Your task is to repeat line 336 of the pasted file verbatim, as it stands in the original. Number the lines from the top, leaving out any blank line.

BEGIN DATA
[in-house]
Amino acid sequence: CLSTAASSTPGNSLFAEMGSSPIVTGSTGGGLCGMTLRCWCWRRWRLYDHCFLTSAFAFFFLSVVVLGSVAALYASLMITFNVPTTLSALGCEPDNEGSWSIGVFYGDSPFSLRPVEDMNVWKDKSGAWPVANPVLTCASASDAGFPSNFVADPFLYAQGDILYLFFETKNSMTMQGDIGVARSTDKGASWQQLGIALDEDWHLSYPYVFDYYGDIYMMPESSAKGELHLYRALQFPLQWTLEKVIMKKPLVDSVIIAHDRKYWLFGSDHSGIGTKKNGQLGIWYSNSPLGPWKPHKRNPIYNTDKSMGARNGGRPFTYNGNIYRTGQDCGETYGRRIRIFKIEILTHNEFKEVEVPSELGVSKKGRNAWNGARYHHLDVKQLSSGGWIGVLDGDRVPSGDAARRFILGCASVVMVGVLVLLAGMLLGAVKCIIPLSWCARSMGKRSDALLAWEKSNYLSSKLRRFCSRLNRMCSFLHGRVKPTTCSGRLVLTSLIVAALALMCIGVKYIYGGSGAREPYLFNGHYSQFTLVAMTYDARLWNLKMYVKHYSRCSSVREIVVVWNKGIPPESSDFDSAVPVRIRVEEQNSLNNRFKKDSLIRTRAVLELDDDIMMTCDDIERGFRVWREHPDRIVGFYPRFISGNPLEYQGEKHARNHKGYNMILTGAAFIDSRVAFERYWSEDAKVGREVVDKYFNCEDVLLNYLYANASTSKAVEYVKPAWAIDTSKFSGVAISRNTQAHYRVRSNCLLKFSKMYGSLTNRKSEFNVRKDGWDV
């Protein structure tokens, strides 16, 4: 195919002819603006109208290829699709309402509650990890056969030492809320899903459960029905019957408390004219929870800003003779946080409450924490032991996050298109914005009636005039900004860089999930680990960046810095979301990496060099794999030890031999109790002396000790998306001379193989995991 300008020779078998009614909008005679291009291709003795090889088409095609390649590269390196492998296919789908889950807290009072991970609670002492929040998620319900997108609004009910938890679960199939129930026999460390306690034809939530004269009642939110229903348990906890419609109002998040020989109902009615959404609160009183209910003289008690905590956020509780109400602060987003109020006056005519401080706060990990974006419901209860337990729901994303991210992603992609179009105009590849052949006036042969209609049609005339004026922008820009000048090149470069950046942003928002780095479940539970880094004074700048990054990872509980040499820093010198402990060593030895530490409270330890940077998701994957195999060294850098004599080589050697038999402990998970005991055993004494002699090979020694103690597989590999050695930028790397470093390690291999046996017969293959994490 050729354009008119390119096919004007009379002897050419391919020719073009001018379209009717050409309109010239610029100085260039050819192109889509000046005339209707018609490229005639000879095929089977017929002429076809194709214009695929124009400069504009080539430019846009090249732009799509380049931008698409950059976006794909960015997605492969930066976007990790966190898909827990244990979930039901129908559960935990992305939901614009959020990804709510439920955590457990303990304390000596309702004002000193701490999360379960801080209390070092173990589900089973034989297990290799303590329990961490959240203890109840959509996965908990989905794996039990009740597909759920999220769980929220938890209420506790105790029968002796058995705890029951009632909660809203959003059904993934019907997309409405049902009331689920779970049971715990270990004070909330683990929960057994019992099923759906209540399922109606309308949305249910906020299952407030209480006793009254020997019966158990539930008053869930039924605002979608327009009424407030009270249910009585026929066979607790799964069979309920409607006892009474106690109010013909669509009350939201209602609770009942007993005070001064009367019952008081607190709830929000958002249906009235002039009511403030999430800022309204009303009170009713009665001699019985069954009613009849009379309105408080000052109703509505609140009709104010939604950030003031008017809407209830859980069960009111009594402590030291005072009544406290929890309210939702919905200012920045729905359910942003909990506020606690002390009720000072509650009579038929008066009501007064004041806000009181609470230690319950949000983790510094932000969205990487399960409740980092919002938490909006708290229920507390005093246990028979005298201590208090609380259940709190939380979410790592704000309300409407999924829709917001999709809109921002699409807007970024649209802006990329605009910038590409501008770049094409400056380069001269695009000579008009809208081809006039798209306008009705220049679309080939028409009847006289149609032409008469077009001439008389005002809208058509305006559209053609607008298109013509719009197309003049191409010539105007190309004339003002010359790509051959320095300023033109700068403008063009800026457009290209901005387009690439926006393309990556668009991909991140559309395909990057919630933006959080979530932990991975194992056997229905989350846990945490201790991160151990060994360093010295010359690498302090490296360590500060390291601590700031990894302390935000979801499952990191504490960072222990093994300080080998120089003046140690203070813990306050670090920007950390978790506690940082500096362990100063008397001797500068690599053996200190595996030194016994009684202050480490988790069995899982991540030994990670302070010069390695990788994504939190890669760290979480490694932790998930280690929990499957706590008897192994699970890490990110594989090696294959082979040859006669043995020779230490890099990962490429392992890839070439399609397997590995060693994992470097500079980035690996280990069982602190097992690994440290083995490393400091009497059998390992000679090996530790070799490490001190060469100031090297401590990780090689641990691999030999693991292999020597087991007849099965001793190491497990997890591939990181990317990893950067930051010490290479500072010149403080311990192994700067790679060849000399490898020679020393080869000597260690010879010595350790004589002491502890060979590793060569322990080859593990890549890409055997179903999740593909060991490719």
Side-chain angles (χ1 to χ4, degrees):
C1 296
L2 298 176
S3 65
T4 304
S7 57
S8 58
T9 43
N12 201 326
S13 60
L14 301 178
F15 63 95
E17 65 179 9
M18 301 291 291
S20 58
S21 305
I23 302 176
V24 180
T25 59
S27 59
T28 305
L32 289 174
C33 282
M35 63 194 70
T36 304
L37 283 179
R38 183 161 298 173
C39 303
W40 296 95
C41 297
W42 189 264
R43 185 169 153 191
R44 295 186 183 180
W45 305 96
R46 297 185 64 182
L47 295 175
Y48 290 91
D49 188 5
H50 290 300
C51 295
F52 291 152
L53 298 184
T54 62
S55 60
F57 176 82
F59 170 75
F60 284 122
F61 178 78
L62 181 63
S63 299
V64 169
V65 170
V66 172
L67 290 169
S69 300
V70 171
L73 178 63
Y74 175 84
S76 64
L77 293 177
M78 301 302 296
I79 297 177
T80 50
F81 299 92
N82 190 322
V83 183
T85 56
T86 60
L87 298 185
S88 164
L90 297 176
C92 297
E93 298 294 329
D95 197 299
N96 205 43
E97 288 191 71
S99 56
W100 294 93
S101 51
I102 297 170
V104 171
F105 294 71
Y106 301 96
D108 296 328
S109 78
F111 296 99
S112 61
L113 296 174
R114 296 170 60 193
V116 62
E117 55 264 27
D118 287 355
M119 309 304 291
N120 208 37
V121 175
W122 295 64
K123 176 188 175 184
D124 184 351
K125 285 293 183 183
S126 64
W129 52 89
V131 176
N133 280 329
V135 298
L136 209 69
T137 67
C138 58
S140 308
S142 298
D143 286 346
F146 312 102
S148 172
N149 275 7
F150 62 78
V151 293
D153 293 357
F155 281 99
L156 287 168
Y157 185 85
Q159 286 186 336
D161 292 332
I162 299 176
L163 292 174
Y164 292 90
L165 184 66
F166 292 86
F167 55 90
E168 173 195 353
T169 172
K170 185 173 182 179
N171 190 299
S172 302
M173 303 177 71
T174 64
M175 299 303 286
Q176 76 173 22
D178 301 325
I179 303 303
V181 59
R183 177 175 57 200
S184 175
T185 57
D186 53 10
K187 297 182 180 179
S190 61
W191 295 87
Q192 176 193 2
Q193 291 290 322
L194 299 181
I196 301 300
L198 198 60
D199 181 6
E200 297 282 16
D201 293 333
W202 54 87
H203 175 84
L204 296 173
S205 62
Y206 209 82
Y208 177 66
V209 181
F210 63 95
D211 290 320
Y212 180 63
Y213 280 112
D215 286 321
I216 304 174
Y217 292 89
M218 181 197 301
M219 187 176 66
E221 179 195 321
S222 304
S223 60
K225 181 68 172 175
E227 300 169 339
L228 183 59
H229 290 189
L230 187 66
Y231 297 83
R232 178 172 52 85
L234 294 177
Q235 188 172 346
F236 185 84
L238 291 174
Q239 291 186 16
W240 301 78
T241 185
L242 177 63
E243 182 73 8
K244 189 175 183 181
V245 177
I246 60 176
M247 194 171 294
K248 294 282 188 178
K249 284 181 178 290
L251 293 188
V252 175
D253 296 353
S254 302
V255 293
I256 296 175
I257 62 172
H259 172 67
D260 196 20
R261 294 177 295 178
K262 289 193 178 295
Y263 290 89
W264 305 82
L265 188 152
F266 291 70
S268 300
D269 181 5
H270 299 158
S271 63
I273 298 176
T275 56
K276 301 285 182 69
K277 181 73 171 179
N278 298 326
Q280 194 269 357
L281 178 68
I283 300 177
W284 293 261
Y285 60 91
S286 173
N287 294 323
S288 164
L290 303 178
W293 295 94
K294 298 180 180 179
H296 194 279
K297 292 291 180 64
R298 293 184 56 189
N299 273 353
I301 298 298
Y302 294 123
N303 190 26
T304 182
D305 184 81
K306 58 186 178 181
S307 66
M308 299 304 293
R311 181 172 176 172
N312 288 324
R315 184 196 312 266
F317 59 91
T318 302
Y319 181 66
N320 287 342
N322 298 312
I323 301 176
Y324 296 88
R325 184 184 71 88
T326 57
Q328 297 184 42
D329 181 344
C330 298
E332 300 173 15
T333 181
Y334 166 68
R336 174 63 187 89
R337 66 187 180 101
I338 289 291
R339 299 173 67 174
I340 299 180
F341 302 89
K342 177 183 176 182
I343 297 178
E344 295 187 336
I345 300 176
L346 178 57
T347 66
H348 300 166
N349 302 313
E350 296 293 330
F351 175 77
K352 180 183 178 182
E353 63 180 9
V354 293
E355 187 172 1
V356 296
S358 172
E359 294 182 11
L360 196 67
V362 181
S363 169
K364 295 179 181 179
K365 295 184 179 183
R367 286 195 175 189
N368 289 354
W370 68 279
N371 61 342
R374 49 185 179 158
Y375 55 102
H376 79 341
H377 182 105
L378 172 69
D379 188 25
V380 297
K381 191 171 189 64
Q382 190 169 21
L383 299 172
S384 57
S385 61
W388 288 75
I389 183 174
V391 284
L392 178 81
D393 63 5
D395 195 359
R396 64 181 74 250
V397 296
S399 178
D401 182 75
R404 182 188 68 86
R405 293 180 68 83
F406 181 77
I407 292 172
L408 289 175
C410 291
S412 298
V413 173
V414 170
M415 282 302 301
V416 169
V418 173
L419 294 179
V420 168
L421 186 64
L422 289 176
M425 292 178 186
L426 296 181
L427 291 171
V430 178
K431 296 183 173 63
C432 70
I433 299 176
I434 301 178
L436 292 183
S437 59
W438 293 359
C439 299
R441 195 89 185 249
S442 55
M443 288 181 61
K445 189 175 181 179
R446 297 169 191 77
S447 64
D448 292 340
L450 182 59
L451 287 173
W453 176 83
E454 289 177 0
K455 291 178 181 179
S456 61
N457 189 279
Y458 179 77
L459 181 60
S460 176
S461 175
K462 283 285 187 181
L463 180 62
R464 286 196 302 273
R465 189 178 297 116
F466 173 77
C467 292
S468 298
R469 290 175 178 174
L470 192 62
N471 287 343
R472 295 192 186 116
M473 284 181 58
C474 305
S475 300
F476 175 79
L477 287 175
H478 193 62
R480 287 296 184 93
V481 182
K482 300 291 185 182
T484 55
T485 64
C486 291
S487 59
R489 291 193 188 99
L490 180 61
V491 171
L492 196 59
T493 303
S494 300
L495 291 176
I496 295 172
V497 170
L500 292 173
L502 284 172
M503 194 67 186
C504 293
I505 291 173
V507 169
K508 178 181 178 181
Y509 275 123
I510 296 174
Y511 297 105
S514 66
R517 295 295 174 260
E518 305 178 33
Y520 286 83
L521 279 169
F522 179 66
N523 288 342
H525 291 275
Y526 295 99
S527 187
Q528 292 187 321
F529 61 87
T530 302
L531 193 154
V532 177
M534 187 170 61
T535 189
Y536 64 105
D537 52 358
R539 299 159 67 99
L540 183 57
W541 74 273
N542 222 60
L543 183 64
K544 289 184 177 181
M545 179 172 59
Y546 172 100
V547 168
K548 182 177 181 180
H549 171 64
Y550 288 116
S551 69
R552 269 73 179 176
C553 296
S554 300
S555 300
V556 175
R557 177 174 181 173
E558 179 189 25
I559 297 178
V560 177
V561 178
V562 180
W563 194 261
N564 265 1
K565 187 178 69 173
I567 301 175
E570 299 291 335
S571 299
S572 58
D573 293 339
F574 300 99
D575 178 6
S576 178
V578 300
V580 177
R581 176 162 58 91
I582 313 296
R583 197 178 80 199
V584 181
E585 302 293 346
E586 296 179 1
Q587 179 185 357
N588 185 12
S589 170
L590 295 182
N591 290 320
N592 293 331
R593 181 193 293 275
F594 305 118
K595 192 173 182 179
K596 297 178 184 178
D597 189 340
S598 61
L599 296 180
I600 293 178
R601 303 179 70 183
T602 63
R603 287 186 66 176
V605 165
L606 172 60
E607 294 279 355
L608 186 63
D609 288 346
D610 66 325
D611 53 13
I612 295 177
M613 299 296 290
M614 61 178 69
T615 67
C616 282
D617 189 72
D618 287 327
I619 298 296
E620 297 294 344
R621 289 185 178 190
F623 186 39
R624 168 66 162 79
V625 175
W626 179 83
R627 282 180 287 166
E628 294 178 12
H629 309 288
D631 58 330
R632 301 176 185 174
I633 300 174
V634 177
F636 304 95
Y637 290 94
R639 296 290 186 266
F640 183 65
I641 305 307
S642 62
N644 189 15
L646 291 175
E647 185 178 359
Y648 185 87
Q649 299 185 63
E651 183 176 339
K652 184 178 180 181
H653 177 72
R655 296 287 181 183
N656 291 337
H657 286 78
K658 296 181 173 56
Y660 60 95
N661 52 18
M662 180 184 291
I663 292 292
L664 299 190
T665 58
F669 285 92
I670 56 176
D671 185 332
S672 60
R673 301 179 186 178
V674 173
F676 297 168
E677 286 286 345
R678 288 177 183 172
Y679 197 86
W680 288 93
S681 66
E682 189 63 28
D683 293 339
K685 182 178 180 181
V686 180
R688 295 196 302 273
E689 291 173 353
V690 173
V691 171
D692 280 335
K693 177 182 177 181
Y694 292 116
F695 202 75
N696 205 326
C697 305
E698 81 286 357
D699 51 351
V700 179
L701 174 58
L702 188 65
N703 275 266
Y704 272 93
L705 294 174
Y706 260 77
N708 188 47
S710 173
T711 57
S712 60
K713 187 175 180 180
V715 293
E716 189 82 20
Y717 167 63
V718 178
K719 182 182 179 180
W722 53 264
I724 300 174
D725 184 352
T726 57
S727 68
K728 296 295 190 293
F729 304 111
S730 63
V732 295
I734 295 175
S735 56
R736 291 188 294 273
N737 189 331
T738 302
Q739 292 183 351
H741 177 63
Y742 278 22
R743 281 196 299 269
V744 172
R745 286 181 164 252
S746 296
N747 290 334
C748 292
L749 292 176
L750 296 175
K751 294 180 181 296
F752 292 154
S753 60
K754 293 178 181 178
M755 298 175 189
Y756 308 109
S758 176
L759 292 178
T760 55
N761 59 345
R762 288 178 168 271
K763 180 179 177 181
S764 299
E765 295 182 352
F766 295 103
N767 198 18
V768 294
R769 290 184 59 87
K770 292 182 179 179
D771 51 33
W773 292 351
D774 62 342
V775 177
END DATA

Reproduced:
L427 291 171